The surface through the flow lines starting from the edge of the radiator which for the CPC is the infinite frustrated cone then gives a new shape, different from the three dimensional CPC but starting and finishing at the same circles for given concentration ratio and entrance angle. This three dimensional concentrator cannot have ideal concentrations since it is not ideal for the meridian rays, only the CPC shape does that. However, it has been designed around the flow defined by all rays, skew and meridian, and since the meridian rays form a set of zero etendue the three dimensional flow concentrator will approach more nearly than the CPC to the theoretical maximum concentration ratio.
A particular area wherein the new designs have advantages over the CPC type designs is where the collector is utilized as a secondary receiver since the receiver will then be very close to the actual source. Using a CPC or similar devices as a second stage concentrator, as shown in U.S. Pat. No. 3,957,031, has a practical disadvantage concerned with guidance of a concentrator system to face the sun as described previously.
Utilizing the new principle of design, we can devise a concentrator which does not suffer from these problems. The concentrators shown in FIG. 2 and FIG. 4 can operate as improved second stage concentrators. Consider the strip or flat absorber shown in FIG. 2 used as a second stage concentrator of FIG. 6. The flow lines of the vector flux J are confocal hyperbolas as previously described. We place mirrors 50 along any of these lines without disturbing the flow. This hyperboloid concentrator fits very well into the requirement for a second stage concentrator. It is used with the image of the sun 51 from the primary collector 52 focused at the plane of the strip 54. Thus the entrance aperture is very much larger than the sun's image and a given error in guiding causes much less loss of flux than with a CPC as second stage. Furthermore, a large proportion of the rays reach the exit aperture after more than one reflection. While this may be a disadvantage if the reflection losses are critical it is an advantage in that more reflections in a nonimaging concentrator tend towards a more uniform distribution of flux in the exit aperture when the entrance aperture is not completely filled, a very desirable feature.
In FIG. 6, take as an example a two meter focal length parabola as first stage concentrator 52, with convergence angle ±30 degrees, i.e. nominal F/1. This produces an image of the sun 20 mm in diameter, so that our base strip 54 or virtual source EF of FIG. 2 for the hyperboloids is 20 mm in width. We now have some choice of which hyperboloid to use. Consider two possible hyperboloids, starting at 12 and 11 mm width respectively. As is to be expected, the 12 mm hyberbola meets the extreme ray earlier giving a shorter concentrator, but it has the lower concentration ratio. Also to reach exactly the concentration ratio of 2 required to bring the whole system up to theoretical maximum concentration would require an infinitely long concentrator. However, we have ignored the aberrations of the parabola and clearly it makes practical sense only to make the second stage long enough to keep its losses comparable to those of the first stage.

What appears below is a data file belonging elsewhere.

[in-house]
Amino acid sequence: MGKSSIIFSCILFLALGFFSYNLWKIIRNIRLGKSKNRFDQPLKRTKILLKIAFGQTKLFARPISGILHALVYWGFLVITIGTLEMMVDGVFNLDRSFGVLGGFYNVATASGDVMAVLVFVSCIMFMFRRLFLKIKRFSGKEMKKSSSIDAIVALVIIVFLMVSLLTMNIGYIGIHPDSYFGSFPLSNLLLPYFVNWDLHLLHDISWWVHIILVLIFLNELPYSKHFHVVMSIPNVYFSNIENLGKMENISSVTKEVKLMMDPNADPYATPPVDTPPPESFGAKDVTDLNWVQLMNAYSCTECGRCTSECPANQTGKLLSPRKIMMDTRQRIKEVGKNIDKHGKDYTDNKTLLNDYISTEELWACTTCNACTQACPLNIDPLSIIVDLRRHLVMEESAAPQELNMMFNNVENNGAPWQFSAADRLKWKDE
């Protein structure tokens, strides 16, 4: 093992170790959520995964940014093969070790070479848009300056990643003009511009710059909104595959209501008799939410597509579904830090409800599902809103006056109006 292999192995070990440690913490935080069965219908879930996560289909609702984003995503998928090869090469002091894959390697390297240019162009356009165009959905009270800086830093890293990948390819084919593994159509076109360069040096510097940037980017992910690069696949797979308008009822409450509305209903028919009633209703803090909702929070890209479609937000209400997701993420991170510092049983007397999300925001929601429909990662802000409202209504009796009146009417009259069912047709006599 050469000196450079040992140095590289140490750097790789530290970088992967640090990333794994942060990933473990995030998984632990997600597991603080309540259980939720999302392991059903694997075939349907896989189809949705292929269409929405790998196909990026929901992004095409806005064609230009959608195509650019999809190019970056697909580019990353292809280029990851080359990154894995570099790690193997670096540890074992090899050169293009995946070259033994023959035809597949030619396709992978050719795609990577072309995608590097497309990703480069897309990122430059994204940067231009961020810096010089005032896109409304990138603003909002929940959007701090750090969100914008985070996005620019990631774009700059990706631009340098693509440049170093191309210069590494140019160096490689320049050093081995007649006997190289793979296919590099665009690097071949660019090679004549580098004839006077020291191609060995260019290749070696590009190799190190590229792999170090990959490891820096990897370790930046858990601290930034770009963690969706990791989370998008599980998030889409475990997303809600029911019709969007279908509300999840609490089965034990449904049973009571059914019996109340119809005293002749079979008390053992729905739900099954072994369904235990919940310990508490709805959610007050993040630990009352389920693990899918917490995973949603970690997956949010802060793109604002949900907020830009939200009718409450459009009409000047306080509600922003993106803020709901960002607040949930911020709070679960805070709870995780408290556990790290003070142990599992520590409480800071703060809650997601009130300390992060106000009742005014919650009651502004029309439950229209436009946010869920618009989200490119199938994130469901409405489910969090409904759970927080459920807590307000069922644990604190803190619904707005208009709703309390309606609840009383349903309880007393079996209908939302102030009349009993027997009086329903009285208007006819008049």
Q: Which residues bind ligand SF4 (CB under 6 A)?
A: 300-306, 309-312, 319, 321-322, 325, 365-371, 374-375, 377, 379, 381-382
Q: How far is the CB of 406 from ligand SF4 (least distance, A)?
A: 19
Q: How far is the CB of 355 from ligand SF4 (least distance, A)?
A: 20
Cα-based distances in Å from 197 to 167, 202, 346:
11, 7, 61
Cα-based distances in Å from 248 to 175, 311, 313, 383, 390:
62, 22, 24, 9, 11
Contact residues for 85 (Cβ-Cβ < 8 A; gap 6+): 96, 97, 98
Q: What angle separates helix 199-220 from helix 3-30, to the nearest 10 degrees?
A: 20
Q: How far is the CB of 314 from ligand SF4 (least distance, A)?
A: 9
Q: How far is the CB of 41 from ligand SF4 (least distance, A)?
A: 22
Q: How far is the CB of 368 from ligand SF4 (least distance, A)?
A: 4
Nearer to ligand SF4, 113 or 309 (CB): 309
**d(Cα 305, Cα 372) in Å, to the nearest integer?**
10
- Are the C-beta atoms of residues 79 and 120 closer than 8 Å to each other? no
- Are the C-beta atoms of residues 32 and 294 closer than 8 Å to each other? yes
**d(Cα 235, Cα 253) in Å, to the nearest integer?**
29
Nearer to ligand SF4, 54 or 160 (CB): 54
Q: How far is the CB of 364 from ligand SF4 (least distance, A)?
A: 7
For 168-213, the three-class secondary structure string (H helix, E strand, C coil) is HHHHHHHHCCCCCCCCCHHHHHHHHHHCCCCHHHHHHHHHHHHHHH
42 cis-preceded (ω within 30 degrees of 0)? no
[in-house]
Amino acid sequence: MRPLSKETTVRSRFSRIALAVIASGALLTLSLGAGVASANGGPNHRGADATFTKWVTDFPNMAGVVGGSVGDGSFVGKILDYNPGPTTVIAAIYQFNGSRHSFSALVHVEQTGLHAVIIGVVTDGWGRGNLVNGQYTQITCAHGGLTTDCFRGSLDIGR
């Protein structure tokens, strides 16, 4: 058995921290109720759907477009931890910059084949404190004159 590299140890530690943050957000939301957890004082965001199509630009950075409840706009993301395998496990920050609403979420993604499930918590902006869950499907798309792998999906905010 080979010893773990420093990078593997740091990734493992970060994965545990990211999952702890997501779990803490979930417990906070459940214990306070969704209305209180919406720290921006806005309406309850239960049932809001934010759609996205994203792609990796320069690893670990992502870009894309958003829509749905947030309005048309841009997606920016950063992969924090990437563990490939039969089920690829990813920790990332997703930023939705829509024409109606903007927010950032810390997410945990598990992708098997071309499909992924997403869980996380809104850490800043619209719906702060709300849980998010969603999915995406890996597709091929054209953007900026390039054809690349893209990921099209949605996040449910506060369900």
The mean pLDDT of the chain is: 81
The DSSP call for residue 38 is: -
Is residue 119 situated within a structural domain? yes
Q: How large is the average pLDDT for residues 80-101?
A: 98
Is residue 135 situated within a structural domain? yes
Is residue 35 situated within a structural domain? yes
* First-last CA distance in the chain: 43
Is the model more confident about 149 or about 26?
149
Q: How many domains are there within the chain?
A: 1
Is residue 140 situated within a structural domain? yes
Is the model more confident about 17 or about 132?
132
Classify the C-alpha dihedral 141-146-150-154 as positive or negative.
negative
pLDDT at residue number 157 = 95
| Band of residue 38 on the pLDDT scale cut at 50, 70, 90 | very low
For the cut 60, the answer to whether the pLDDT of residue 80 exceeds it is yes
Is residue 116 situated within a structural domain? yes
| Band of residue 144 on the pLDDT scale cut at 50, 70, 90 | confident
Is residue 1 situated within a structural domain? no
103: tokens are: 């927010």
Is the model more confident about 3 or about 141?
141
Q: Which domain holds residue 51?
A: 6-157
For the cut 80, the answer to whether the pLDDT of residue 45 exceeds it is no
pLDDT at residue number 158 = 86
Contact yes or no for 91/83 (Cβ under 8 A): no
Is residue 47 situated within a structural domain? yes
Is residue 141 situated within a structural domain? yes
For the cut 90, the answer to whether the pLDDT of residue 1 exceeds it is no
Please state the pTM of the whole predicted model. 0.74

We note that the above two dimensional considerations are applicable to the three dimensional case wherein the primary is a paraboloidal dish and the second stage the hyperboloidal trumpet cone of FIG. 4. Moreover, using a lense as primary focusing element in place of a mirror produces useful configurations in both two and three dimensions.
In plotting flow lines from sources such as the frustrated cone or flat surfaces joined to infinite planes we are not restricted to full Lambertian radiators. Useful results may be obtained by assuming sources which radiate according to Lambert's law only within a restricted angle θ<π/2 to the normal and do not radiate outside this. This leads, e.g., to the CPC for restricted exit angle, as described in U.S. patent application Ser. No. 850,340 and, by suitable choice of the flow lines, rectangular and other apertures can be made as nearly ideal concentrators.
It should also be noted that the flow lines obey their own law of refraction different from Snell's law which, for example, has been determined in two dimensions to be
n sin (θ±u)=n' sin (θ'±u') (5)
where |J|=2n sin u, |J'|=2n' sin u', θ and θ are the angles between flow line and normal at the two sides of the interface, and n, n' the respective refractive indices.
One accommodates this into the design just as was done with the CPC type designs, as shown for example in U.S. patent application No. 714,863.
The design principles herein disclosed are applicable to considerations of multiple transducers (i.e. multiple effective radiators). One establishes the lines of flow by summing the vector fields associated with each transducer. The summing of fields may be with equal weight or unequal weight.
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|U.S. Classification||136/259, 359/868, 136/246, 126/690|
|International Classification||G02B19/00, F24J2/24, F24J2/10, F24J2/06, F24J2/18, G02B5/10|
|Cooperative Classification||G02B19/0023, G02B19/0042, F24J2002/1038, Y02E10/44, F24J2/18, F24J2/06|
|European Classification||F24J2/06, G02B19/00, F24J2/18|